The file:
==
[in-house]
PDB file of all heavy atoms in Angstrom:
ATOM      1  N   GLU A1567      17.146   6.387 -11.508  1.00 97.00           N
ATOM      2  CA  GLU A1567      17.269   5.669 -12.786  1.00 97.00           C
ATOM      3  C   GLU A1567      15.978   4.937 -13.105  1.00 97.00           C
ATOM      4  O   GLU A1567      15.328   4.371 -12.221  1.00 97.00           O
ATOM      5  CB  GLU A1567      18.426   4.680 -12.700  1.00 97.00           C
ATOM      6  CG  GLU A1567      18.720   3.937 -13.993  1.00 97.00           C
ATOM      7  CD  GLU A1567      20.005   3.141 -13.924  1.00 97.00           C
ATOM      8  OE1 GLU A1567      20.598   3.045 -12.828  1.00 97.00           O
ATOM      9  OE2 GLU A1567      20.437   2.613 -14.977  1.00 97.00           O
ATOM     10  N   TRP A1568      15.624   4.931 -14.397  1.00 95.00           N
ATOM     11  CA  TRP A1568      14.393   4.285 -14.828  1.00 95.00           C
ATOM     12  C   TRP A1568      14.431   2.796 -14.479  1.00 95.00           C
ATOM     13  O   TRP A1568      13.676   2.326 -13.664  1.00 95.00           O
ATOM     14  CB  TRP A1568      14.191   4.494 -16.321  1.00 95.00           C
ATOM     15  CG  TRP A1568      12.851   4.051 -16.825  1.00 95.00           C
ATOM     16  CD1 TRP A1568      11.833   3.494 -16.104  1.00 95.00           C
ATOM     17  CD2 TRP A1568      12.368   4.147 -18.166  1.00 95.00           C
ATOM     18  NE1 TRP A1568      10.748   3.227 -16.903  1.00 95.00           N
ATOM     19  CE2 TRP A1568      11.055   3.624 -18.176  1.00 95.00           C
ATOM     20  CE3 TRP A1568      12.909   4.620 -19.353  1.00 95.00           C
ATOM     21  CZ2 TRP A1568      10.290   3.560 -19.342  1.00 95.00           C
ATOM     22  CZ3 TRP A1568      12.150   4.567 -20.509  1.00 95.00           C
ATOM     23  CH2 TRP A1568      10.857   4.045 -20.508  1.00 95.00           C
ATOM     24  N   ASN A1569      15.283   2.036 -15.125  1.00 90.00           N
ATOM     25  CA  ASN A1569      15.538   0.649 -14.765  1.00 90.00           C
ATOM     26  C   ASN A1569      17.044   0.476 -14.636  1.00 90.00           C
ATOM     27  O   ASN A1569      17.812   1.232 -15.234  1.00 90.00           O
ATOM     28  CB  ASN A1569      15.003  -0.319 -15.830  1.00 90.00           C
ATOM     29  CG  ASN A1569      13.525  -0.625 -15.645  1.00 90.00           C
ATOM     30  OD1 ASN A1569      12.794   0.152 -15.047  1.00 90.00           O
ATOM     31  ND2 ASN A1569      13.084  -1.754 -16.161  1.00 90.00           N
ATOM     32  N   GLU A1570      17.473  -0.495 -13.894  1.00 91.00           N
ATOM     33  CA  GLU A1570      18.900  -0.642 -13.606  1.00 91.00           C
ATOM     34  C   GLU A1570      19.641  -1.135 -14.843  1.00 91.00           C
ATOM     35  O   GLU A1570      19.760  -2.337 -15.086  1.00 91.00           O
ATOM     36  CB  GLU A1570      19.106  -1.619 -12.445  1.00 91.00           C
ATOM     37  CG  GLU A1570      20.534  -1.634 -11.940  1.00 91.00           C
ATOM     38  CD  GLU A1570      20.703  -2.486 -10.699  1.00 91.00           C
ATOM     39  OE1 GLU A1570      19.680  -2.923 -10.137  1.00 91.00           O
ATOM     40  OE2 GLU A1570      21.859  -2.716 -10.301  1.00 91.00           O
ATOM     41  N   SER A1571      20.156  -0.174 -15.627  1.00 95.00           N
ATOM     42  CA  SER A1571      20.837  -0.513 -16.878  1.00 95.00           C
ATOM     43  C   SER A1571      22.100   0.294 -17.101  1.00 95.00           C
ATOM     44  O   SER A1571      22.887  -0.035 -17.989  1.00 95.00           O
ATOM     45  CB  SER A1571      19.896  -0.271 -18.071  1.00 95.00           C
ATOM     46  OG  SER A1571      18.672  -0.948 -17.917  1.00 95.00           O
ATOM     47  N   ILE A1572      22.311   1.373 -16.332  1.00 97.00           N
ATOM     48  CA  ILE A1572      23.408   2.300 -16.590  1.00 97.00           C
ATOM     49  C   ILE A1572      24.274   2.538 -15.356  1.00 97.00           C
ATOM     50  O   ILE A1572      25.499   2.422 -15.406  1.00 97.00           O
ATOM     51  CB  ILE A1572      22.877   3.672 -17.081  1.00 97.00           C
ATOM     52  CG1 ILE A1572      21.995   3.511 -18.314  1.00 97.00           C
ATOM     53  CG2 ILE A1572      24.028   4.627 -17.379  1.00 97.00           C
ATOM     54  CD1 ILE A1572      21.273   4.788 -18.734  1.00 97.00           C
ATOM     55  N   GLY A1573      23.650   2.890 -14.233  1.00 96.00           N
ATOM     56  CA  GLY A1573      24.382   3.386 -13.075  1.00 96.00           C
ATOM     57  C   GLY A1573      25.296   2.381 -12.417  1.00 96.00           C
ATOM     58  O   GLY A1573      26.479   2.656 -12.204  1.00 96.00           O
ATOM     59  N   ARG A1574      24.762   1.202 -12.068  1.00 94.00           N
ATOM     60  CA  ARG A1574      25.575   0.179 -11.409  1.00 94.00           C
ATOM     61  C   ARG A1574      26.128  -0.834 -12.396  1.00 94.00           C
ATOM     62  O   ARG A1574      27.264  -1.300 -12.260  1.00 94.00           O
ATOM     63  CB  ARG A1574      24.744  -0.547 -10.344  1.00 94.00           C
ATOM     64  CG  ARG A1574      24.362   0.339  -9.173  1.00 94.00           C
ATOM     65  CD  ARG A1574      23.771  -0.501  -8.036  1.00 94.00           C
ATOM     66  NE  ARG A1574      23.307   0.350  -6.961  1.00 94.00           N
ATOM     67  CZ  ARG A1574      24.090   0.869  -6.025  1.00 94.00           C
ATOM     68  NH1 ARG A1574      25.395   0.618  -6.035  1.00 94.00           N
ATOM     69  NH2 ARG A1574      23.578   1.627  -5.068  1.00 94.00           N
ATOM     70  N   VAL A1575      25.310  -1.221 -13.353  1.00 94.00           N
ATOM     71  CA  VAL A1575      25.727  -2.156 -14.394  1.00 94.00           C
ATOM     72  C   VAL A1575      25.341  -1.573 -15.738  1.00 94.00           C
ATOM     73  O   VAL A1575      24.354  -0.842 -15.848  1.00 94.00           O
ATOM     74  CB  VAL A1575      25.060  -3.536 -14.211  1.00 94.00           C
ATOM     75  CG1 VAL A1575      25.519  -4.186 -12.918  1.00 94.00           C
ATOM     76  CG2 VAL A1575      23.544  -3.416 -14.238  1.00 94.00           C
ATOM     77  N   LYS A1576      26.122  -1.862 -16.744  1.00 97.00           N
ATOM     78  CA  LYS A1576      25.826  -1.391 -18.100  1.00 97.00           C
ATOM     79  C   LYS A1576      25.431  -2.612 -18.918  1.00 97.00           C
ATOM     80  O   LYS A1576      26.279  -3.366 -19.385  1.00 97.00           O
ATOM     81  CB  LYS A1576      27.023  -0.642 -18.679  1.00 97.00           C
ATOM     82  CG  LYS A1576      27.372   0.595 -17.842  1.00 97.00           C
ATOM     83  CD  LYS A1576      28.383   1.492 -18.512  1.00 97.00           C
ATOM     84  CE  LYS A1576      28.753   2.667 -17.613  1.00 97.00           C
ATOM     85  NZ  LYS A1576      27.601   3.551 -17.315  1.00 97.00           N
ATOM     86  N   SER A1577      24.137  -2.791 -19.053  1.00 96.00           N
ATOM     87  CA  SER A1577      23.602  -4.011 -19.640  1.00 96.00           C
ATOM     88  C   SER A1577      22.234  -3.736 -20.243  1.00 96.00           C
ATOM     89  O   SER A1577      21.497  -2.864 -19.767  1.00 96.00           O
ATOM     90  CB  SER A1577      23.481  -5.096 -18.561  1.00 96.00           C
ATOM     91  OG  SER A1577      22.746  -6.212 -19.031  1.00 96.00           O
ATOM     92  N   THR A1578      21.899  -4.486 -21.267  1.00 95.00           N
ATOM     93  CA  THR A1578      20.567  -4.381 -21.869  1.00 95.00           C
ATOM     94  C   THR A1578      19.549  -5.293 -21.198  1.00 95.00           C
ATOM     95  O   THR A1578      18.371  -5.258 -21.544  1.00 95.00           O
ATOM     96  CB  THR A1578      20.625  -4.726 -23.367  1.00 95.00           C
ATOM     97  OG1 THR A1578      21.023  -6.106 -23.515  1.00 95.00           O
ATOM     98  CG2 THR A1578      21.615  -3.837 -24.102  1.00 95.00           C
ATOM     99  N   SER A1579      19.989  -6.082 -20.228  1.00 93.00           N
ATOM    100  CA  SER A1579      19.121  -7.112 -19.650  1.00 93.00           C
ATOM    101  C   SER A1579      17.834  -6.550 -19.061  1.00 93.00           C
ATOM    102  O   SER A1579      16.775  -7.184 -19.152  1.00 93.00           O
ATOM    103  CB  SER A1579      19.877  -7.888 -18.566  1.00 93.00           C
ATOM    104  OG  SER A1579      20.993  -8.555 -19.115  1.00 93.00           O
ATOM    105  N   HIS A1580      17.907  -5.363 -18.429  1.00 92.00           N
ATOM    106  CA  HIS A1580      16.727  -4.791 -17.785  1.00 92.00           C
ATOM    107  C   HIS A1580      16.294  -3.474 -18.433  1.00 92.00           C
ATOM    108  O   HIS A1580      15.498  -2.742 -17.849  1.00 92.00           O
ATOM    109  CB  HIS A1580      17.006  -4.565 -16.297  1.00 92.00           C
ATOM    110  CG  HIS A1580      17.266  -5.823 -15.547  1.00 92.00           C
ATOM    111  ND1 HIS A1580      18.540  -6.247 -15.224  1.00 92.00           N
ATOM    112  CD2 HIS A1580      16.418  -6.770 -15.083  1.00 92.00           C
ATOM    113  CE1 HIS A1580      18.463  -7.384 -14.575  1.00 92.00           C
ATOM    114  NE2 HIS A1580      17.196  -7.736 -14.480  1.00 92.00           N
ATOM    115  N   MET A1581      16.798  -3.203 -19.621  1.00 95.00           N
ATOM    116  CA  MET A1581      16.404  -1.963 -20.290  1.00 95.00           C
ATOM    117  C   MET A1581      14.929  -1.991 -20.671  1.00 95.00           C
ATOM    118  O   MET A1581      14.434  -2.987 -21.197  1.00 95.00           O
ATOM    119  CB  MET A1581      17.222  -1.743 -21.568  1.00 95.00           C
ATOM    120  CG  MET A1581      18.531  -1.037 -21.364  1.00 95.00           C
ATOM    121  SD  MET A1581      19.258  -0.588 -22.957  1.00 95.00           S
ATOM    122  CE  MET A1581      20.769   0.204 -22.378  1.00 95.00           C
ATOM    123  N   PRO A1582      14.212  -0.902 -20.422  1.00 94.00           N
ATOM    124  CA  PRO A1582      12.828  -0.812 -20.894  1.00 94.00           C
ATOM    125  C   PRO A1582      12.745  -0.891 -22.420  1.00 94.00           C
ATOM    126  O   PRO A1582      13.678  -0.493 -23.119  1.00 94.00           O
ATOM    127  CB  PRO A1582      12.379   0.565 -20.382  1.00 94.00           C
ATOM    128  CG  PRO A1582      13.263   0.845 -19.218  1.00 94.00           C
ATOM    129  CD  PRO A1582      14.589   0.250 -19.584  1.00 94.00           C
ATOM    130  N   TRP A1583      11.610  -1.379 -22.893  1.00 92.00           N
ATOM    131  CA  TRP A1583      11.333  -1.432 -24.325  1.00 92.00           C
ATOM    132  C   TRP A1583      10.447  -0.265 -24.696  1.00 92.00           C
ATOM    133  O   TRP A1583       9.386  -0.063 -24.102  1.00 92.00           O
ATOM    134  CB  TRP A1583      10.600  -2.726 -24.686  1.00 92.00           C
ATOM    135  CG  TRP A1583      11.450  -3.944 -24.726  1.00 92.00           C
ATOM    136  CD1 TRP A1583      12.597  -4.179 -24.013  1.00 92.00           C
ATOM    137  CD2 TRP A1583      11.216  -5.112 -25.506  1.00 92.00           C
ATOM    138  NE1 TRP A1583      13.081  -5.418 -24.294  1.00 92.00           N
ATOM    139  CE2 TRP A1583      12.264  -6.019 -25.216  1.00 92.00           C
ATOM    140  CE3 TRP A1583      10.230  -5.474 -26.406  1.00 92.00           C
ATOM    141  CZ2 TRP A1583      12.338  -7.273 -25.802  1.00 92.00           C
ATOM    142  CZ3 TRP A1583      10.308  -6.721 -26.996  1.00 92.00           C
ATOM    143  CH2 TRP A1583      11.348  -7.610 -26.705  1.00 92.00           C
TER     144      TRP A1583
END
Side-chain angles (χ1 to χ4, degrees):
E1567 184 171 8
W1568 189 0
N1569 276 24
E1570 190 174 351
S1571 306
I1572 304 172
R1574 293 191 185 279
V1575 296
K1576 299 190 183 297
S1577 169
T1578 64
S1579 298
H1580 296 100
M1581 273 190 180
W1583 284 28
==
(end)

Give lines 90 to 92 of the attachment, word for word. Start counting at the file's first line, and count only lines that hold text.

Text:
ATOM     88  C   SER A1577      22.234  -3.736 -20.243  1.00 96.00           C
ATOM     89  O   SER A1577      21.497  -2.864 -19.767  1.00 96.00           O
ATOM     90  CB  SER A1577      23.481  -5.096 -18.561  1.00 96.00           C